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Tamarind

Indian date, Tamarindo, Tamarinds

Leguminosae Tamarindus indica L.

Source: Magness et al. 1971

The tree is slow growing, but becomes large. It is believed native to Africa, but has been long grown in India and has spread to other tropical and sub-tropical regions. It has survived in Central and South Florida. The tree is a legume, with large pinnate leaves. The fruit is a pod, 3 to 8 inches long, an inch through, containing up to 6 or more seeds. The pulp is very acid, and is used in acid drinks, in preserves and in meat sauces. The shell or skin is thin and brittle, and readily removed from the edible pulp. Tamarind is of minor importance in the U.S.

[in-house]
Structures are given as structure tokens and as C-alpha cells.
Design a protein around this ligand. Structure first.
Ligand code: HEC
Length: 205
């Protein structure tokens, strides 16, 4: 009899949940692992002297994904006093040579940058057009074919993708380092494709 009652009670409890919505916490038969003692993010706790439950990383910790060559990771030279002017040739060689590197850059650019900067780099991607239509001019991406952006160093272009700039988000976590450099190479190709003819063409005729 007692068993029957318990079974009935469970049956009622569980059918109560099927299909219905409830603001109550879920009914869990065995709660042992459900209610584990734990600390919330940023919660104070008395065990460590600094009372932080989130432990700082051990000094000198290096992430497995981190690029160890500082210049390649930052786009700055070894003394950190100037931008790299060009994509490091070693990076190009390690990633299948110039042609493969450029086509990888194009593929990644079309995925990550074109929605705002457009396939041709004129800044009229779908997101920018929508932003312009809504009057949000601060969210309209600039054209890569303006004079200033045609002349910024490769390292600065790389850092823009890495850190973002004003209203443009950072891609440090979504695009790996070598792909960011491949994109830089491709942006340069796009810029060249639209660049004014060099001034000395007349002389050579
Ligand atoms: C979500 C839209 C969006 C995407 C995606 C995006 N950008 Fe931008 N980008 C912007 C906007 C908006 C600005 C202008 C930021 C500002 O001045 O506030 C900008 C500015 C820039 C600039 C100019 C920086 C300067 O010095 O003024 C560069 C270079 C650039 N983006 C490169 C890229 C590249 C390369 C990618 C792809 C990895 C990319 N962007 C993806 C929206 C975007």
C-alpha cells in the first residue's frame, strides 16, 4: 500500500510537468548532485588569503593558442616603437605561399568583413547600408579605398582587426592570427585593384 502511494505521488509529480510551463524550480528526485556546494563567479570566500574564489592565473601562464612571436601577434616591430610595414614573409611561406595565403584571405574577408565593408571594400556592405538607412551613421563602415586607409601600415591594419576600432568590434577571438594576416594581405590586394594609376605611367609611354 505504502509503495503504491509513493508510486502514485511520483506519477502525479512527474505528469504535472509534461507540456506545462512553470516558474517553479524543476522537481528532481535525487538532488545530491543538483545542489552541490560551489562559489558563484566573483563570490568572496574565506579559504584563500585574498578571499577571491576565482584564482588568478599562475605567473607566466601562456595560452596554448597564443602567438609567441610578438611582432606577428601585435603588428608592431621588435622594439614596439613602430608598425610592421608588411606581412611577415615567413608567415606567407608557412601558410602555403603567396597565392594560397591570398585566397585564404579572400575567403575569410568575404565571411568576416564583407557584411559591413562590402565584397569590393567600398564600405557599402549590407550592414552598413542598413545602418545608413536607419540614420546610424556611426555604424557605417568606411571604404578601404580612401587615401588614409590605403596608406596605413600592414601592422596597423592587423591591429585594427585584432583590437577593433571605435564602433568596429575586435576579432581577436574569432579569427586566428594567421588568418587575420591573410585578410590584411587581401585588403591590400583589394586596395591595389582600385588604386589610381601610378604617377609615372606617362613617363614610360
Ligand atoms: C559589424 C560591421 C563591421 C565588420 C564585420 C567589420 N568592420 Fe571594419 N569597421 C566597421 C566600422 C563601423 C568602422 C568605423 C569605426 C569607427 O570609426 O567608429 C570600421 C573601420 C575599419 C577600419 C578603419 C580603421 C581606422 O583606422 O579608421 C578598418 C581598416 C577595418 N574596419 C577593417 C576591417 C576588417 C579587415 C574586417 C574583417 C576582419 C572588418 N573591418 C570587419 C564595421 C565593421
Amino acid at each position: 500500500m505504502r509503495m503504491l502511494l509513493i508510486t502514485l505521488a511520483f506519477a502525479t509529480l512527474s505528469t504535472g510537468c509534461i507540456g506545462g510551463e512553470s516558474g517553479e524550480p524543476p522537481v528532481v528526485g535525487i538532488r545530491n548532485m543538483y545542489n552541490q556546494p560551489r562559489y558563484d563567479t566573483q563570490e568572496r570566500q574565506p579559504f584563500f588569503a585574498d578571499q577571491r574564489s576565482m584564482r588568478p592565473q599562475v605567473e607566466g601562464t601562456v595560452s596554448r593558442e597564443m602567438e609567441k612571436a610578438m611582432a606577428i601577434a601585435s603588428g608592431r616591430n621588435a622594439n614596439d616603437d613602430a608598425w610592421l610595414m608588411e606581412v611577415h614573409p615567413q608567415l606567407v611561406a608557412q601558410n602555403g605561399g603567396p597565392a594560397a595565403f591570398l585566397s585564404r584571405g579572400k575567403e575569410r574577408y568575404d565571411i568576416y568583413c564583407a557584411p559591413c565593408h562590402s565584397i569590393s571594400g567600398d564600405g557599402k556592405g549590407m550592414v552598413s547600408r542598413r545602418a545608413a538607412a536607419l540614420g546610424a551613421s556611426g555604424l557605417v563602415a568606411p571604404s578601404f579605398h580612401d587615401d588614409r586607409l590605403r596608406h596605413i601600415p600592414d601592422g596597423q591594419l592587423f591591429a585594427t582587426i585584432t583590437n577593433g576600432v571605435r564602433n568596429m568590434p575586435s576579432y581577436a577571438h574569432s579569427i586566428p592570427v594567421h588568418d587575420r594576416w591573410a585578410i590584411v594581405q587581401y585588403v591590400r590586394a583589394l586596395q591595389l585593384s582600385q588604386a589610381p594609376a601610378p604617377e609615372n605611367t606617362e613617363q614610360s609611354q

Last update February 19, 1999 by ch